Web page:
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A Russian Musician Ripped Open Cans Of Foreign Beer With His Teeth Because Politics

Was it in support or opposition to Russia's ban on Western imports? ¯\_(ツ)_/¯

Posted on August 21, 2015, at 1:26 p.m. ET

In the weeks since Vladimir Putin ordered the destruction of all food imported from Western countries, officials have eagerly set about the task. A little too eagerly, as seen by their use of bulldozer to destroy this cheese. / Via Ruptly / RT

And these defenseless peaches.

I mean, they even used a bulldozer to destroy these frozen plastic-wrapped geese.

Because there's no kill like overkill.

On Thursday, a group of Cossacks in St. Petersburg visited a local branch of the hypermarket chain Auchan in search of the nefarious foreign foodstuffs.

View this video on YouTube

The Cossacks were led by Andrei Polyakov, best known for unveiling this bust of Putin in May.

Dmitry Lovetsky / AP

Cossacks trace their lineage to Tsarist times, when they were feared for their sword-fighting prowess and anti-Semitic pogroms. Several of them emerged as unruly leaders of pro-Russian rebel divisions in Ukraine, squabbling even with the Russian-backed leadership. At home, however, they spend most of their time battling lesser menaces like old ladies selling mushrooms without a permit and illegally parked cars.

The Cossacks were quickly upstaged, however, by musician Stas Barestky, dressed as a gangster from Russia's turbulent 1990s.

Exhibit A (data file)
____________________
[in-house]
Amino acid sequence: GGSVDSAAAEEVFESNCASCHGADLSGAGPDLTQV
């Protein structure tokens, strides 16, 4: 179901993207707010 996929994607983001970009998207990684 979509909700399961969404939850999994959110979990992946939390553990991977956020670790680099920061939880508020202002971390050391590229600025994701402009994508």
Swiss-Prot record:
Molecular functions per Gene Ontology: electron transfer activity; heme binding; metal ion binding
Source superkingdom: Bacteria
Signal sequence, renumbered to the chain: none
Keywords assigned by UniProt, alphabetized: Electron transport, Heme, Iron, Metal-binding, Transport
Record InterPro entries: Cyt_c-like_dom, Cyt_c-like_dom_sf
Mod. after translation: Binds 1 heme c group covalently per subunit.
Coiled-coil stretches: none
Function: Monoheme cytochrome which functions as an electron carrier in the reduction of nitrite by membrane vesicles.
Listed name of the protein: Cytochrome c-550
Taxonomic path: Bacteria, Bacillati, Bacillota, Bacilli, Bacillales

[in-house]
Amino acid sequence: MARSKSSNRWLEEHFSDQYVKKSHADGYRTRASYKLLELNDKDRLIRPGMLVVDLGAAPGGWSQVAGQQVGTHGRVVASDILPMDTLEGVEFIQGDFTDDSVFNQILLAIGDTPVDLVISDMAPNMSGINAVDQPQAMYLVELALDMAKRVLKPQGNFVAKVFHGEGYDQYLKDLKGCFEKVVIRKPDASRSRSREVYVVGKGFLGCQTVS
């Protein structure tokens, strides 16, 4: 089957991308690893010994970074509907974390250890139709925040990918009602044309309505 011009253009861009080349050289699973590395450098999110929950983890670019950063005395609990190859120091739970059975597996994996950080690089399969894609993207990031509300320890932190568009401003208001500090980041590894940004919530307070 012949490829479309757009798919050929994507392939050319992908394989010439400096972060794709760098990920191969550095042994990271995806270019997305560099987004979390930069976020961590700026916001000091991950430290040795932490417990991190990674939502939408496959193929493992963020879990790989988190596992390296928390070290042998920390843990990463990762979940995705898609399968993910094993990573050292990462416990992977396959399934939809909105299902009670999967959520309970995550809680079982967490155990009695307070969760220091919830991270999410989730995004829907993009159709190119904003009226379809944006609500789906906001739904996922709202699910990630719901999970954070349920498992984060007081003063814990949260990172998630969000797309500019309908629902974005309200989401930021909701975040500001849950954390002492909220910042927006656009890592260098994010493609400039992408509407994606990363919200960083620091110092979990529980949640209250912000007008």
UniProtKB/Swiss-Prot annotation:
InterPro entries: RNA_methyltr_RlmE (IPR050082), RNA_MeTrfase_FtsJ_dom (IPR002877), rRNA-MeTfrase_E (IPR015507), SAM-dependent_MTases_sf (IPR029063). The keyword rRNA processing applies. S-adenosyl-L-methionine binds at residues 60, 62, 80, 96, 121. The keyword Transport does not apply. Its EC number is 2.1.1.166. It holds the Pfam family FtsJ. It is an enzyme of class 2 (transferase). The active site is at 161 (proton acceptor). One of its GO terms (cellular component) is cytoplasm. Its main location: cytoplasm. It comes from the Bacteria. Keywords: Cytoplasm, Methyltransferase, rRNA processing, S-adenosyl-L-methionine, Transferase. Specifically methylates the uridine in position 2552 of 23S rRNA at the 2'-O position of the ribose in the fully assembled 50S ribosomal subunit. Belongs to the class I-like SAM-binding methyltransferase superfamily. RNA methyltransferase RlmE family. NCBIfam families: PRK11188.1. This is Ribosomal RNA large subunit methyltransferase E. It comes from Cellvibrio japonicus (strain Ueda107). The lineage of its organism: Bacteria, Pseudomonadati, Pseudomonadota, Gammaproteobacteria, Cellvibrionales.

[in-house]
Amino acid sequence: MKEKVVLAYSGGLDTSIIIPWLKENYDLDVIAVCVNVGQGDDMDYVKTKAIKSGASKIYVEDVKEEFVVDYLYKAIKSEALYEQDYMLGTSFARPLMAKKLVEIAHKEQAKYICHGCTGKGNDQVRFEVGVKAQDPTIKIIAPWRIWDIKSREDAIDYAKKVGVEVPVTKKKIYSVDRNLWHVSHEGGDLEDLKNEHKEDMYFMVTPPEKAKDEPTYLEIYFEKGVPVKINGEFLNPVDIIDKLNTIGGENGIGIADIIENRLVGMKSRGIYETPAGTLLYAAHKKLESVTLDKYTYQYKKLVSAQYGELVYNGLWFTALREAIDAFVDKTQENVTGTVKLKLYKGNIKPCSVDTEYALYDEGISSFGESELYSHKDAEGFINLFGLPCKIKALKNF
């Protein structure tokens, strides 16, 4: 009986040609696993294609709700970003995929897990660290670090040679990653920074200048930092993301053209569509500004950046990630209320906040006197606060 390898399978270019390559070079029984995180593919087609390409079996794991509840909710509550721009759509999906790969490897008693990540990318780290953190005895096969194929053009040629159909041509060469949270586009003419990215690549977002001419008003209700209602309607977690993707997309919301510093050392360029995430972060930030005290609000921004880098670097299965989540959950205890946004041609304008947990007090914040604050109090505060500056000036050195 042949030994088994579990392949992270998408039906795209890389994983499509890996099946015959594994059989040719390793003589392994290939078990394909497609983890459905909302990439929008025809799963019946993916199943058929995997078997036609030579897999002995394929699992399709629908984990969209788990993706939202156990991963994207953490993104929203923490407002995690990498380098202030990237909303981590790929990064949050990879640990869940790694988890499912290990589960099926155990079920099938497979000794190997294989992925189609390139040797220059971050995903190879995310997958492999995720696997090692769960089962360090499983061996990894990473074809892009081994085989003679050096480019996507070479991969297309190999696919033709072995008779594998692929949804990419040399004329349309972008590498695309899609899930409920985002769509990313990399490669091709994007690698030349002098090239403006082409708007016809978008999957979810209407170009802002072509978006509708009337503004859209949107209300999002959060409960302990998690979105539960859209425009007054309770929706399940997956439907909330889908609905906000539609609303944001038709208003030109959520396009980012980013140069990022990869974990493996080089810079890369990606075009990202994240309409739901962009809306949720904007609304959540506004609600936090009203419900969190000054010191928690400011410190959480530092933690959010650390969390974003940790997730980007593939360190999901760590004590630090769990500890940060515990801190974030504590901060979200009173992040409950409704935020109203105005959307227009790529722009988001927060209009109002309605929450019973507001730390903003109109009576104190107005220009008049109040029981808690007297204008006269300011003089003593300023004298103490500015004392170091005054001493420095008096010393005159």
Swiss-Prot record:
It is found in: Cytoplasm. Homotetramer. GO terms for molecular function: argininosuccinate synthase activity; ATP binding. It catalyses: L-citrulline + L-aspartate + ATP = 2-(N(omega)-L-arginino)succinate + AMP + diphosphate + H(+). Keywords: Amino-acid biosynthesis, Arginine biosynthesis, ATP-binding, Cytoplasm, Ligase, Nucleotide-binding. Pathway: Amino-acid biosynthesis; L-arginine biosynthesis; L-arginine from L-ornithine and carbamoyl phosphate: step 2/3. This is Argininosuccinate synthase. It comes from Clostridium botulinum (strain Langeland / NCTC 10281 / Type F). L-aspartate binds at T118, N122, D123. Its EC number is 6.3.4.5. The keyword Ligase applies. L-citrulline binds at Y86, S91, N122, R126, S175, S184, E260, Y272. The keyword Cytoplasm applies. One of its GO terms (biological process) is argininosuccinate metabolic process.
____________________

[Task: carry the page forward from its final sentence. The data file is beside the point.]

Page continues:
(He also bears an uncanny resemblance to the Goombas from the notoriously terrible Super Mario Brothers movie.)

I think I remember this guy from that Super Mario Bros movie

If you jump on Baretsky's head, he too will vanish in a puff of smoke and leave you a coin. Maybe.


Baretsky immediately started ripping apart cans of beer with his teeth. / Via


Baretsky is a Cossack himself, but he seems to have seen the supermarket invasion as a joke. Last month, he scared away a group of pro-Kremlin activists who protest against improperly parked cars and expired food in supermarkets with the same stunt.

The other Cossacks limited themselves to writing a letter to local authorities about improper labeling and kicked Baretsky out of the group, they told Russian radio. But fear not: Baretsky vowed to continue his quest against foreign beer on his own.

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    Max Seddon is a correspondent for BuzzFeed World based in Berlin. He has reported from Russia, Ukraine, Azerbaijan and across the ex-Soviet Union and Europe. His secure PGP fingerprint is 6642 80FB 4059 E3F7 BEBE 94A5 242A E424 92E0 7B71

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